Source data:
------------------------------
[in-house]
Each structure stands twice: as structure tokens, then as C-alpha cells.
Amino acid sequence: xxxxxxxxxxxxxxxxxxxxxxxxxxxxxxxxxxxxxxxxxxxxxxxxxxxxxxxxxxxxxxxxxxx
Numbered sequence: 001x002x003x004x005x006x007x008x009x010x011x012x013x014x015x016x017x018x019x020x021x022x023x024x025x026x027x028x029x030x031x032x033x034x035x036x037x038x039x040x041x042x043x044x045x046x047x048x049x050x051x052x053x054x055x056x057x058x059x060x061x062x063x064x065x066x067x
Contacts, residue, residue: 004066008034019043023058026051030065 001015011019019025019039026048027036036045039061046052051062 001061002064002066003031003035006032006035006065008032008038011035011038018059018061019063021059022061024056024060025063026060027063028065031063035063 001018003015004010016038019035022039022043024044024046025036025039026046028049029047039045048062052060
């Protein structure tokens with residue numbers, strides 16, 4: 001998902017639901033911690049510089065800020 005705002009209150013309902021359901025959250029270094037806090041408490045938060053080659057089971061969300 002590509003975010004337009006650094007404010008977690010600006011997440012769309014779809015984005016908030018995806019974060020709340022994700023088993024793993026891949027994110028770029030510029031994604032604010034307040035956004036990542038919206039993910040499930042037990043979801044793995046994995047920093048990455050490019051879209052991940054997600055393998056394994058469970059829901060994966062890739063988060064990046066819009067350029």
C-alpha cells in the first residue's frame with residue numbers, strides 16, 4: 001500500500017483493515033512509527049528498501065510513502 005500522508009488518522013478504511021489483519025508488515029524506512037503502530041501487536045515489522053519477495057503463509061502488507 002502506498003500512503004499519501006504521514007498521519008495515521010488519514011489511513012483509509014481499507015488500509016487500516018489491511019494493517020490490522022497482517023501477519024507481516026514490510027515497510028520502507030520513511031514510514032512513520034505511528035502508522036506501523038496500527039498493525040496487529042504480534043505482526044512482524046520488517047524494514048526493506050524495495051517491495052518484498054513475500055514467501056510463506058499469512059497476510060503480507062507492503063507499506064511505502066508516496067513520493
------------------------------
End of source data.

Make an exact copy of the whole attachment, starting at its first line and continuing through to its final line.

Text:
[in-house]
Each structure stands twice: as structure tokens, then as C-alpha cells.
Amino acid sequence: xxxxxxxxxxxxxxxxxxxxxxxxxxxxxxxxxxxxxxxxxxxxxxxxxxxxxxxxxxxxxxxxxxx
Numbered sequence: 001x002x003x004x005x006x007x008x009x010x011x012x013x014x015x016x017x018x019x020x021x022x023x024x025x026x027x028x029x030x031x032x033x034x035x036x037x038x039x040x041x042x043x044x045x046x047x048x049x050x051x052x053x054x055x056x057x058x059x060x061x062x063x064x065x066x067x
Contacts, residue, residue: 004066008034019043023058026051030065 001015011019019025019039026048027036036045039061046052051062 001061002064002066003031003035006032006035006065008032008038011035011038018059018061019063021059022061024056024060025063026060027063028065031063035063 001018003015004010016038019035022039022043024044024046025036025039026046028049029047039045048062052060
């Protein structure tokens with residue numbers, strides 16, 4: 001998902017639901033911690049510089065800020 005705002009209150013309902021359901025959250029270094037806090041408490045938060053080659057089971061969300 002590509003975010004337009006650094007404010008977690010600006011997440012769309014779809015984005016908030018995806019974060020709340022994700023088993024793993026891949027994110028770029030510029031994604032604010034307040035956004036990542038919206039993910040499930042037990043979801044793995046994995047920093048990455050490019051879209052991940054997600055393998056394994058469970059829901060994966062890739063988060064990046066819009067350029």
C-alpha cells in the first residue's frame with residue numbers, strides 16, 4: 001500500500017483493515033512509527049528498501065510513502 005500522508009488518522013478504511021489483519025508488515029524506512037503502530041501487536045515489522053519477495057503463509061502488507 002502506498003500512503004499519501006504521514007498521519008495515521010488519514011489511513012483509509014481499507015488500509016487500516018489491511019494493517020490490522022497482517023501477519024507481516026514490510027515497510028520502507030520513511031514510514032512513520034505511528035502508522036506501523038496500527039498493525040496487529042504480534043505482526044512482524046520488517047524494514048526493506050524495495051517491495052518484498054513475500055514467501056510463506058499469512059497476510060503480507062507492503063507499506064511505502066508516496067513520493